Use of self-directed home video capture for assessing muscle weakness in primary mitochondrial myopathy: A feasibility study


Pre-Clinical Research

Poster Number: 25


Mindy Leffler MEd, Kristina Davis PhD, Amber Sapp DPT, Alyssa Burns PhD, Amel Karaa MD, Tolga Uz


1. Casimir, 2. Casimir, 3. Casimir, 4. Casimir, 5. Massachusetts General Hospital

The Duchenne Video Assessment (DVA) was developed to assess ease of movement in patients with Duchenne muscular dystrophy. The outcome measure uses at-home video capture to quantify the compensatory movements necessary for patients to perform daily activities and maintain independence. A majority of patients with Primary Mitochondrial Myopathy (PMM) identify muscular weakness as a bothersome symptom, suggesting the utility of the DVA to assess ease of movement in patients with PMM.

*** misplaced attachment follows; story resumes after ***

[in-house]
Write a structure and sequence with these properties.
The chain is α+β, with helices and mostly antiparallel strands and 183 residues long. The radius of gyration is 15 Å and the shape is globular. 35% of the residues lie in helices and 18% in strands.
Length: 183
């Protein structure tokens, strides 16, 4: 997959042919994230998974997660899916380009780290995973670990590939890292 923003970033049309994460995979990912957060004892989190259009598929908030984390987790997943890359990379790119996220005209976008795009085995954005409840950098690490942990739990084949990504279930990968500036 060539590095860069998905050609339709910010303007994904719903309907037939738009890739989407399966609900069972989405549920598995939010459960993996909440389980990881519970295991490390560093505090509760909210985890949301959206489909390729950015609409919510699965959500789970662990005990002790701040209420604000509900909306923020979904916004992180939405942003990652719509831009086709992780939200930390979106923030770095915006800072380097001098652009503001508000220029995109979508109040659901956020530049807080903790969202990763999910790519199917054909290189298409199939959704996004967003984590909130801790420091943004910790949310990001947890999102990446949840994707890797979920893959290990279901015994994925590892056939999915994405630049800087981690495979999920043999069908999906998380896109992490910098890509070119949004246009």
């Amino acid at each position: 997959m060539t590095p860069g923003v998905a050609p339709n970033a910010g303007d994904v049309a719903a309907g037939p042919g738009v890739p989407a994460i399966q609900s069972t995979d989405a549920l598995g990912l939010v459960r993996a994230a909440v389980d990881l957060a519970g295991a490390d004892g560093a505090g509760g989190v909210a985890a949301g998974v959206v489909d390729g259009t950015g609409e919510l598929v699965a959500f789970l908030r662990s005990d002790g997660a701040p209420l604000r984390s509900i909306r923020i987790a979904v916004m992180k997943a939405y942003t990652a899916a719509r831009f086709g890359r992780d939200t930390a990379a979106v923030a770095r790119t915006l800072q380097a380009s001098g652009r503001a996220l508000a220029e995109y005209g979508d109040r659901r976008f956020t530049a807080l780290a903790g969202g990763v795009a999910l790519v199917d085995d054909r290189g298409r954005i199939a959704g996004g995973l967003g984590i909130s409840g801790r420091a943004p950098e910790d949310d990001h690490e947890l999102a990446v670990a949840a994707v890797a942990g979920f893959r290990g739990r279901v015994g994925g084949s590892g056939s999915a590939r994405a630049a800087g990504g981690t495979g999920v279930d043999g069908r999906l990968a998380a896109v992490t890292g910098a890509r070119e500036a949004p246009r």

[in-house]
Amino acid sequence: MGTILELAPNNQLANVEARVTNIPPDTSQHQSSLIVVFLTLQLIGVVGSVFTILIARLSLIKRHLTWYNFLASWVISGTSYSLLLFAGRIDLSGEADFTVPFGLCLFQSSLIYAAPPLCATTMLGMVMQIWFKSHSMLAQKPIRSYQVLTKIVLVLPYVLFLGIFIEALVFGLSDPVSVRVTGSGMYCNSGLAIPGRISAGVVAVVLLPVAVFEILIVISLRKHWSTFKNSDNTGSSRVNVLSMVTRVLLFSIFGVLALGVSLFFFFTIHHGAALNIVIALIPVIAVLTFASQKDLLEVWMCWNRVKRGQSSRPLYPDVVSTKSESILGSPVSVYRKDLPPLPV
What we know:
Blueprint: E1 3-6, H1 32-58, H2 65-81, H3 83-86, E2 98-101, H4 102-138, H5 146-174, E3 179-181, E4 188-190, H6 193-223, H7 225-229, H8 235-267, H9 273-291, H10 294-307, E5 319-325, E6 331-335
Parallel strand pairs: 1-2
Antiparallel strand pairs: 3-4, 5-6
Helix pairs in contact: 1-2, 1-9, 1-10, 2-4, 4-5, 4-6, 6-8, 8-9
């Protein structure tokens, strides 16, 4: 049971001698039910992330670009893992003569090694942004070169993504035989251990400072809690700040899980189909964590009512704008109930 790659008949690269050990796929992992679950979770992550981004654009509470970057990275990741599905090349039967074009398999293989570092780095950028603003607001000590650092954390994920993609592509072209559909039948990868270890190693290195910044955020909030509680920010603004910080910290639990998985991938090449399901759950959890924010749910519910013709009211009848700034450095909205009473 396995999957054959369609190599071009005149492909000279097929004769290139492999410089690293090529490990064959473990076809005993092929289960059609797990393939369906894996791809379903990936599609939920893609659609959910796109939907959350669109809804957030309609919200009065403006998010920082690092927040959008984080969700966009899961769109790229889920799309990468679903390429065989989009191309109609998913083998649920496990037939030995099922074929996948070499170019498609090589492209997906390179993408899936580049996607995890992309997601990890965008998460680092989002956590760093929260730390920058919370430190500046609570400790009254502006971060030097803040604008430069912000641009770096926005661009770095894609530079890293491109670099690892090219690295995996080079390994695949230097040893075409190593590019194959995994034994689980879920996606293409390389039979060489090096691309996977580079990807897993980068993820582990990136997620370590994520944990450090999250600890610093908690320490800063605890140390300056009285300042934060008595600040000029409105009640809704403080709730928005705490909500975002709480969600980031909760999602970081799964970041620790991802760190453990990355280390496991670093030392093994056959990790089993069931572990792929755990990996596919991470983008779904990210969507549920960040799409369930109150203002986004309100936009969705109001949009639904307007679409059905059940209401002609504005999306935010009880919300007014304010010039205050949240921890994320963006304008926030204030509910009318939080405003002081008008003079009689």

The applicability of the DVA tasks to PMM was assessed in consultation with expert clinicians, and 5 tasks were identified as appropriate for feasibility testing in PMM patients: sit up from supine, stand up from floor, stand from couch, climb 5 stairs, and walk. In a recorded telehealth visits, participants were given standardized instructions to complete each task (N=10). A physical therapist certified in DVA scoring assessed each video using the DVA scorecards.

For three activities, stairs, sit from supine, and stand from floor, compromised movement was observed in 60-80% of participants. For stand from couch, two patients (20%) exhibited compensated movement. For the walk activity, initial review indicated an ataxic gait rather than a gait exhibiting muscle weakness, and a modified scorecard was developed to assess ataxia, which assessed 50% of patients with an ataxic gait. In one participant, random factors resulted in a capture of repeat attempts in the climb stairs task, which evidenced the importance of fatigue on the magnitude of compensatory movements employed during the task.

The results indicated that at-home video captures could be used to rigorously assess muscle weakness as evidenced by ease of movement in patients’ with PMM. Further, review of the videos indicated that fatiguability could be captured and scored, which can help assess an additional important aspect of the patient experience of PMM.